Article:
DukeNet bolsters FTTT initiative with connections to 3,500 cell sites
DukeNet Communications, a regional provider, now reaches over 3,500 cell sites as part of its growing fiber to the tower (FTTT) program that provides services to a number of the top wireless operators.
Verizon Wireless (NYSE: VZ), for one, named DukeNet as one of its initial wireless backhaul suppliers where it does operate its own wireline networks in the Southeast markets to support its LTE roll out.
However, this milestone could soon be passed.
Tony Cockerham, COO for DukeNet, said in a release that it is "already contracting to provide fiber connectivity to additional towers throughout 2013 and 2014."
To date, DukeNet provides FTTT services to the top three wireless operators, mainly in North and South Carolina with a growing presence in Tennessee, Georgia and Alabama.
Network expansion outside of its North Carolina home base has been a key theme for DukeNet. As it updated its network to 100G this March, the service provider extended its network into Alabama, Georgia, Tennessee, and Virginia.
"When we first started building fiber into cell sites for T1 connectivity and the industry exploded in the Carolinas and certainly cell backhaul was one of the key customer segments that allowed us to expand into those markets, including Tennessee, Alabama, and North Carolina," said David Herran, VP of Network Architecture and Technology Planning at DukeNet Communications, in an interview with FierceTelecom. "Through all of that we added towers to the market and then we would add cell sites where we would start with an anchor tenant and then bring on additional carriers, and sometimes we able to secure contracts with multiple carriers at the same time."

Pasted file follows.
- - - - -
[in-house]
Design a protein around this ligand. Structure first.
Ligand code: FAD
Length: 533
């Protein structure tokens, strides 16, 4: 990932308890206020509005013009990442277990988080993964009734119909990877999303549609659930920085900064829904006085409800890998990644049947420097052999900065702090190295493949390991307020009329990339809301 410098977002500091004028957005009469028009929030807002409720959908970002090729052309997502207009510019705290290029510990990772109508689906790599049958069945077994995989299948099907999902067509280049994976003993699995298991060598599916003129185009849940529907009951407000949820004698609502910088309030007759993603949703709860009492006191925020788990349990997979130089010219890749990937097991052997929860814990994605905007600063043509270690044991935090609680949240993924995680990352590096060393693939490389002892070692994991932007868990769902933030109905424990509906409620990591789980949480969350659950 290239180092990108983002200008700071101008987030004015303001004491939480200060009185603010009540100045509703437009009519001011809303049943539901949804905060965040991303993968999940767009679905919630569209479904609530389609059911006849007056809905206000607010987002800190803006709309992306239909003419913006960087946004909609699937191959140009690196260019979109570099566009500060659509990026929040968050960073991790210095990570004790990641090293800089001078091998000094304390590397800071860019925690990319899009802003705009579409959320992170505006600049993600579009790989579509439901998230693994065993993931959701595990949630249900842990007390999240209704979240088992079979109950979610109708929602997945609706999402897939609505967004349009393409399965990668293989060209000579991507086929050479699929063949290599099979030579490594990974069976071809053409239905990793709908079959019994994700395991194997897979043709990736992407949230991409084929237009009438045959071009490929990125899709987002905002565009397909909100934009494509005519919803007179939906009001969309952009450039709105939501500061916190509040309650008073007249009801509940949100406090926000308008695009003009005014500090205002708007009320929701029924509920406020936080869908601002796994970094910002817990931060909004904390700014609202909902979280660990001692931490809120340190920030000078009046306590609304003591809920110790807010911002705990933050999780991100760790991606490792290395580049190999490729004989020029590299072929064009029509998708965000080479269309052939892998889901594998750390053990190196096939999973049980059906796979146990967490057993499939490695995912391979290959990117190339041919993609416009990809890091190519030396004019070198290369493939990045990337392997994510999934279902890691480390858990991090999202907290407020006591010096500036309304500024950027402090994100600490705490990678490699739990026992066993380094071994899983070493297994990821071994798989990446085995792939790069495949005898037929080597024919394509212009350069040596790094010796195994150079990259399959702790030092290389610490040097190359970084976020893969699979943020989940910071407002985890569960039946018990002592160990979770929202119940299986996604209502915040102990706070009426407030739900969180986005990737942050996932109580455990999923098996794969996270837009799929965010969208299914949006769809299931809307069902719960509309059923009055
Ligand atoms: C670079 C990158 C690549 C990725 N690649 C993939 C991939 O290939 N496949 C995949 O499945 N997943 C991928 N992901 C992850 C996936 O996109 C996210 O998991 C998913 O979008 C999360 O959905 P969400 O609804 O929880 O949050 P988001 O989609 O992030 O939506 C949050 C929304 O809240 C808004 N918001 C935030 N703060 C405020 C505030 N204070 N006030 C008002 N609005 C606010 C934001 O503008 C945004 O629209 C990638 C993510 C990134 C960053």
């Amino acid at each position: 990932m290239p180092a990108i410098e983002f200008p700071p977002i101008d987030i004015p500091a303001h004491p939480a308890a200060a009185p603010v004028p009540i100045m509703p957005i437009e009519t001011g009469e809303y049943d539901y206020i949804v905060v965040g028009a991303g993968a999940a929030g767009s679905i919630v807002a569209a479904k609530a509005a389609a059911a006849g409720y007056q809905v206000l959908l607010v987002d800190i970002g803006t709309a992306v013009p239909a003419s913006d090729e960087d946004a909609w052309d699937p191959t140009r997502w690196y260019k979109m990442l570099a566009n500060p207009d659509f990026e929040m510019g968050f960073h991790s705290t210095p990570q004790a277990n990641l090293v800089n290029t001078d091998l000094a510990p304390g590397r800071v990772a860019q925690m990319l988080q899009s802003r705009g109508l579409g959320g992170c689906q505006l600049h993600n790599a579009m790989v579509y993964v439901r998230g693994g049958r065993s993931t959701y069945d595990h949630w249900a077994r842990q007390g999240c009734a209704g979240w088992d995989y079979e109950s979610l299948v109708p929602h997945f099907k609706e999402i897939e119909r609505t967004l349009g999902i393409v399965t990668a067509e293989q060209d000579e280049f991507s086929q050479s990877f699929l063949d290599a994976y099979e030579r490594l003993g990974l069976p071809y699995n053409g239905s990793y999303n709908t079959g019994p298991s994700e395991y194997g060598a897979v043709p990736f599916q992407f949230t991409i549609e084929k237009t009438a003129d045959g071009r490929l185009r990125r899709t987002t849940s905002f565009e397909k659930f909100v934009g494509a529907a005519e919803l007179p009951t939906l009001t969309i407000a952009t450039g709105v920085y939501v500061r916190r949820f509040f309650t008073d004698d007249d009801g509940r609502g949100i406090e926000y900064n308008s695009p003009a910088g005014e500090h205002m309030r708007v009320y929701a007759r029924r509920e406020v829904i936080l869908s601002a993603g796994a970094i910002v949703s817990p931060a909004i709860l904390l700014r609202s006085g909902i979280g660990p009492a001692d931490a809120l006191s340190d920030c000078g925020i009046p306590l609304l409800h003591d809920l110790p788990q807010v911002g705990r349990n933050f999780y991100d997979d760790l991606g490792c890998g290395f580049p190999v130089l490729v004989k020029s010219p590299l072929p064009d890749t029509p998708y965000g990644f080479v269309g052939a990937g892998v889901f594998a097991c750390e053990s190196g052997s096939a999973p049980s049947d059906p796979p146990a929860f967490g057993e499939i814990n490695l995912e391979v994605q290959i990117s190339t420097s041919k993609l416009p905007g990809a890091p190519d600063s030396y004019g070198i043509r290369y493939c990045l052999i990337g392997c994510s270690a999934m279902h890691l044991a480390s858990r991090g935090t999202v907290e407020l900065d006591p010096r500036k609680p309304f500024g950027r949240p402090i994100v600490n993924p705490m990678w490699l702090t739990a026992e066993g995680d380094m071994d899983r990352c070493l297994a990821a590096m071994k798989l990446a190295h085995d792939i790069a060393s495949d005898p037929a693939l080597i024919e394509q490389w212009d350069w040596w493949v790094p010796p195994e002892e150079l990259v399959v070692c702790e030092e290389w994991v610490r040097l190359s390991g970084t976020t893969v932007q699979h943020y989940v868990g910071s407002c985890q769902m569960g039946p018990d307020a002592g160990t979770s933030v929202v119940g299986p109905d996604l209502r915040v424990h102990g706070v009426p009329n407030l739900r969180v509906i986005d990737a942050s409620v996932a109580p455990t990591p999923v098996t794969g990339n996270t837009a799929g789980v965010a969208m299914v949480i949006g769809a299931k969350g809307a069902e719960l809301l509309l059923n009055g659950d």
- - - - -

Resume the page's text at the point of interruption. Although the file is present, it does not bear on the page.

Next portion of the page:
The demand for more bandwidth from wireless operators has various technology and staffing implications for DukeNet.
As they build out each cell site, Herran said they needed to ramp up their workforce to "execute on that type of construction, which started to catapult over the past three to four years and manage the transition from TDM services over to Ethernet."
So what's next on DukeNet's FTTT build out list?
Despite reaching this recent milestone, DukeNet is still adding new cell sites to the network and are moving into the optimization phase with new capacity upgrades and increasing network reliability.
"In a lot of these markets, the carriers will continue to add towers, and they're trying to manage their capacity so we'll continue to connect to those sites," Herran said. "We're also looking at new next-generation requirements like small cell site connectivity and remote radio heads that will feed off the base stations that feed off the base stations that are located in these same cell sites we have built fiber to."
Looking beyond small cells, the two other new potential service opportunities Duke Net is tracking is providing wavelength services such as 10 GigE and dark fiber.
"There will be some conversion to even higher capacity if not dark fiber and wavelength-type capacity to these sites because the bandwidth demand is so significant and the expectation that demand is going to be required for a long amount of time," Herran said.
He added that dark fiber requests would likely come from "some of the metro markets and some of the carriers have played with a little bit of dark fiber for the purposes of connecting distributed antenna systems."
The service provider currently operates over 9,000 route miles of fiber in the Southeast that in addition to offering FTTT also provides business services such as Ethernet. Its Ethernet offering became even more compelling when it announced it was awarded the Metro Ethernet Forum's rigorous Carrier Ethernet 2.0 certification.
- see the release
DukeNet joins ranks of MEF 2.0 certified providers
DukeNet completes its core 100G network upgrade
DukeNet branches out of the Carolinas, goes 100G
DukeNet Communications advances its Ethernet, fiber footprint
Updated article on Sept. 24 with quotes from David Herran, VP of Network Architecture and Technology Planning at DukeNet Communications.